Media around the world join forces to report on climate change crisis

parSherry Ricchiardi
22 oct 2019 dans Collaborative Journalism
Iceberg

Mark Hertsgaard began covering climate change in 1989 and traveled the world to write books on the topic. Today, the journalist spearheads a global movement that is sparking coverage of what he calls “the defining story of our times.”

The response to Covering Climate Now, initiated during an April 2019 conference at Columbia University, has been stunning, said Hertsgaard, the project’s co-founder and environment correspondent for The Nation. Concern over the lack of media attention to the climate crisis has grown into an international movement that is breaking new ground.

Today more than 350 outlets worldwide have signed on to the initiative alongside dozens of institutional and independent partners. 

Co-sponsored by The Nation and the Columbia Journalism Review (CJR), with The Guardian as lead media partner, the venture began by asking participants to commit to highlighting climate stories for a week before the United Nations Climate Action Summit on Sept. 23. A sampling of the hundreds of stories published under its banner are posted on the website.

“The need for solid climate coverage has never been greater,” said Kyle Pope, CJR’s editor and publisher and project co-founder in an August posting. “We’re proud that so many organizations from across the U.S. and around the world have joined with Covering Climate Now to do our duty as journalists.”

With a combined audience of more than 1 billion people, Hertsgaard described as “one of the most ambitious efforts ever to organize the world’s media around a single coverage topic.”

The diverse list of participants attests to the movement’s wide appeal. It includes Teen Vogue, the Nepali Times and National Catholic Reporter, CBS News, Agence France-Presse, The Hindustan Times and Aljazeera, alongside many others.

The topics covered by media outlets were also wide-ranging. Japan’s Asahi Shimbun published a story on “Global warming outpacing steps to protect Tokyo Olympic athletes.” The San Francisco Chronicle documented the effects on farmers and ranchers, and Daily Egypt explored climate-focused youth movements.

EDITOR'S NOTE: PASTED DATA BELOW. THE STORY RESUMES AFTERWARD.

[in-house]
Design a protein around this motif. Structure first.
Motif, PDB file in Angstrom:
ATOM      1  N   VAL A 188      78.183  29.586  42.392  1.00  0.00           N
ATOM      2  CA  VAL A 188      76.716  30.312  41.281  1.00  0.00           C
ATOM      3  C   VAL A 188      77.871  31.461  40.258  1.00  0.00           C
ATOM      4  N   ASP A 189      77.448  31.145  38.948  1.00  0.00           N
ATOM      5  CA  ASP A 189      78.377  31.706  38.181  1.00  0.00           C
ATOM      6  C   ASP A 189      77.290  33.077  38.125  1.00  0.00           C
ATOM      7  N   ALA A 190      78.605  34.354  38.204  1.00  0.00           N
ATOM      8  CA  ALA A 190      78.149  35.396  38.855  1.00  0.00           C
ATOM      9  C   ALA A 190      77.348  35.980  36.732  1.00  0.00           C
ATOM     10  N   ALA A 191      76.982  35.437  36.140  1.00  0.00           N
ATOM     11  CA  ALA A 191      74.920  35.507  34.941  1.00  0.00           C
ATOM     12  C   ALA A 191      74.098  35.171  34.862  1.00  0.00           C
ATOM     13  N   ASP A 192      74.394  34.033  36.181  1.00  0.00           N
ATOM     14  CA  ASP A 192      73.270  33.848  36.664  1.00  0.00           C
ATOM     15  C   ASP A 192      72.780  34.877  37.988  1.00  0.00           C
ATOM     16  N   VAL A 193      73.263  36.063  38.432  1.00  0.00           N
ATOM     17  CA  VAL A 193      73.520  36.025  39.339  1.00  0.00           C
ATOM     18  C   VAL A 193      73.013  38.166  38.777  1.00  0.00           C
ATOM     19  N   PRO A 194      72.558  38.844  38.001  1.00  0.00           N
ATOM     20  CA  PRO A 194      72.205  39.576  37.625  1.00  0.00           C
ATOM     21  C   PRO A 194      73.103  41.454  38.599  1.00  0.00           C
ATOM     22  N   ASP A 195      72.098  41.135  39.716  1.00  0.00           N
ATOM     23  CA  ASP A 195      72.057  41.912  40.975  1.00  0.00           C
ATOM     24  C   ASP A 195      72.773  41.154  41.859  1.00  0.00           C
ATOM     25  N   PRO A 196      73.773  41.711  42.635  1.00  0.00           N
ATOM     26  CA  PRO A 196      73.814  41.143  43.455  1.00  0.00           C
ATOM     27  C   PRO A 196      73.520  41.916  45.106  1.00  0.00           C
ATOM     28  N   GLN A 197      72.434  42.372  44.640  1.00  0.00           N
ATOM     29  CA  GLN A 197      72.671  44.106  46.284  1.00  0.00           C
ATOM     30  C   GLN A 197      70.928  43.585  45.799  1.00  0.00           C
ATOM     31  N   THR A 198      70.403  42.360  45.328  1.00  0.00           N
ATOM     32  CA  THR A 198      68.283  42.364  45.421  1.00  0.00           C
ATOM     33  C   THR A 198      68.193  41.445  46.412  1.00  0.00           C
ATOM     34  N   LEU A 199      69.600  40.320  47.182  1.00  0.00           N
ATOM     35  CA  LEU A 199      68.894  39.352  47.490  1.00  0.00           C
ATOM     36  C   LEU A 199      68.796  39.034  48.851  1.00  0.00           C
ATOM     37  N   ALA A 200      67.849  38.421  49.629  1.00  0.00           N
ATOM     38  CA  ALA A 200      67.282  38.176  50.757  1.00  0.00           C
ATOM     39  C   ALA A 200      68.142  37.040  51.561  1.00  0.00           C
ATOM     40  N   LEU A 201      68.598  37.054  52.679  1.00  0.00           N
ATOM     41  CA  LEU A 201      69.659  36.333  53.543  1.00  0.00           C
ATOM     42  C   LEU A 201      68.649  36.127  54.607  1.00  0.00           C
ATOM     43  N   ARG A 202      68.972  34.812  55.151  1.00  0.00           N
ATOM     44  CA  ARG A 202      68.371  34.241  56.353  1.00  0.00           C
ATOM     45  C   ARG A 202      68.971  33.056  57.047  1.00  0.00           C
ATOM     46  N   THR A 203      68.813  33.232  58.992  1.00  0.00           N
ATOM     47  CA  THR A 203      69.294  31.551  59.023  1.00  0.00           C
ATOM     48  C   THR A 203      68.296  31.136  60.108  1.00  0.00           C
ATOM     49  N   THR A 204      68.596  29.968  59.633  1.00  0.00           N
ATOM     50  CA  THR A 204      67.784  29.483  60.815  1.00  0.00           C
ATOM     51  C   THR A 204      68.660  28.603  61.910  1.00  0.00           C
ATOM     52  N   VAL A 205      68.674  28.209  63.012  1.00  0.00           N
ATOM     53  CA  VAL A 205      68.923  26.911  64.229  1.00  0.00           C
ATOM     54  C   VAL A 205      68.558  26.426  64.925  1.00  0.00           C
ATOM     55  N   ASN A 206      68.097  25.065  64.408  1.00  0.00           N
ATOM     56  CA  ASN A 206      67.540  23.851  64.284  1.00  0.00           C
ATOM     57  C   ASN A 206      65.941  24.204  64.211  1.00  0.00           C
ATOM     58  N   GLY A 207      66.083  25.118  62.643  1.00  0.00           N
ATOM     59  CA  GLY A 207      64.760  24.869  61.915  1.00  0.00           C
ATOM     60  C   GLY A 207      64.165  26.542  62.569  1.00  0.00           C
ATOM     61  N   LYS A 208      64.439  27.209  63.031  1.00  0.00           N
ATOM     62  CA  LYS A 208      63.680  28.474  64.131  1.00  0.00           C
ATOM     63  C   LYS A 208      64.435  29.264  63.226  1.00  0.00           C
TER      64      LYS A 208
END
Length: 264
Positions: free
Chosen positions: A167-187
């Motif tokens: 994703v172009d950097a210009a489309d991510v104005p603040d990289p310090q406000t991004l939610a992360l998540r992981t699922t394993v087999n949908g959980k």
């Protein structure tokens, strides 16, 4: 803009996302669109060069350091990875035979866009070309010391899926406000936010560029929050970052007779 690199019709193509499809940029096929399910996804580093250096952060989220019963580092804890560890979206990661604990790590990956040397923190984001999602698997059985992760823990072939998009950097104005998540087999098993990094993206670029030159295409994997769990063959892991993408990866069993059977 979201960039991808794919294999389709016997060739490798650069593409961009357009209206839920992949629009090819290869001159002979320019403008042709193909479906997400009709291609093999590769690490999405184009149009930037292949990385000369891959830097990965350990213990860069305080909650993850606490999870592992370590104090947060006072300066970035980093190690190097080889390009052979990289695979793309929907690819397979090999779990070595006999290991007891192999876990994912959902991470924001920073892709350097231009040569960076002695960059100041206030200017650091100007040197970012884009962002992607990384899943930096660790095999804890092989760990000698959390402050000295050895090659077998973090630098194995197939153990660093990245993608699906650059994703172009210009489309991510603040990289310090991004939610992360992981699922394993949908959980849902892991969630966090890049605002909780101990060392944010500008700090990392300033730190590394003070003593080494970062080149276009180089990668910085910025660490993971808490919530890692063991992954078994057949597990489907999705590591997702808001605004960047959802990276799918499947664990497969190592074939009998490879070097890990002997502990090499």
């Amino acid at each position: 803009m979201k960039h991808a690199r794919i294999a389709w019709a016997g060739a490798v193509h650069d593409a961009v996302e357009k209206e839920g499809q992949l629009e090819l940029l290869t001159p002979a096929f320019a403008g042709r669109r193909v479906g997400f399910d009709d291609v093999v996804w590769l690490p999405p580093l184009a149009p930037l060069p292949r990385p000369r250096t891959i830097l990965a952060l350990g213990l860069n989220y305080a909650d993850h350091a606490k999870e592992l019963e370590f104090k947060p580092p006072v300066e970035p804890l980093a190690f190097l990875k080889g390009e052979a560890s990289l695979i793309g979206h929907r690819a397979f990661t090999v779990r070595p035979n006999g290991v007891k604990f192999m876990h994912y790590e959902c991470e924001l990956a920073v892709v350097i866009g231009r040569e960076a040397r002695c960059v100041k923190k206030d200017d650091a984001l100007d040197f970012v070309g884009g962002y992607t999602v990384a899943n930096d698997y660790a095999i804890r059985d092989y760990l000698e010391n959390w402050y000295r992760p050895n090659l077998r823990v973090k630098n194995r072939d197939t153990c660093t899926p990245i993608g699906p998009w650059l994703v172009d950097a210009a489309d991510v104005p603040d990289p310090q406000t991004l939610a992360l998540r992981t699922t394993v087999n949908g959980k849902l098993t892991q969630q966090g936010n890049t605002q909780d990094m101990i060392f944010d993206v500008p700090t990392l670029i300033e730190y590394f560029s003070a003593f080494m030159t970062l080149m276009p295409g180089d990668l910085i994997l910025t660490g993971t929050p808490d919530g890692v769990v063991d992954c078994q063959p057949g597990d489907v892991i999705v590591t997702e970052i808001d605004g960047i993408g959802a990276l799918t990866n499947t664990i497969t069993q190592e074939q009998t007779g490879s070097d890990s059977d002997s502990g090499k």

The Brian Lehrer Show on WNYC, New York City public radio, took an interactive approach to climate reporting when they signed on to the global initiative. The audience was invited to share tips for being eco-friendly by phone or via the Twitter hashtag #PlasticChallenge. 

“One thing we did for our part was to invite listeners to do something active, not just listen to the show,” wrote Lehrer in an email. “Judging from the response, people were really engaged.”

Hertsgaard originally had the idea for Climate Change Now in Oct. 2018 when he was watching a live-streamed press conference of lead scientists calling for “transformational changes” in the world’s economy, energy, agriculture and other sectors to reduce emissions. He noticed an obvious omission: The media.

If progress was to be made, Hertsgaard knew the world’s media would have to be on board. He turned to CJR editor and publisher Kyle Pope, a partner in past projects, to brainstorm the next step. They organized a conference at Columbia University in April 2019 to test the waters. Bill Moyers, a longtime journalist and political commentator, known for his support for public broadcasting, delivered the keynote address.

“We could tell from the very start that there was an immediate appetite for this — that it was the right idea at the right time,” said Hertsgaard. Backed by a US$1 million grant from The Schumann Media Center, they began contacting conference attendees and cold-calling prospective media outlets to join the collaborative effort.

Originally, Hertsgaard hoped for a couple dozen. However, by June, 60 had signed up. 

“This thing took off like a rocket and [it] just keeps going,” said Hertsgaard. Ahead of the April conference, he and Pope authored a white paper titled, “The media are complacent while the world burns.” The paper includes suggestions for improving climate coverage.

Among the suggestions, the authors recommend establishing a separate, well-integrated climate desk. “The climate story is too important and multidimensional for a news outlet not to have a designated team covering it,” they wrote. 

They also suggest learning the science behind the story, reporting on solutions and never shying away from “pointing fingers.”

“One thing that is 1,000 percent clear [is] we are not going away because the climate crisis is not going away,” said Hertsgaard. “We have to break the climate silence and increase coverage, which we have done very successfully. Our fundamental guiding star: follow the science.”

“We want to engage [Covering Climate Now] members in this collaboration and find out from them what should happen next in this movement,” Hertsgaard added. “That is exactly what we are doing right now.”


Main image CC-licensed by Unsplash via Melissa Bradley

To join the Covering Climate Now initiative, contact coveringclimatenow@cjr.org.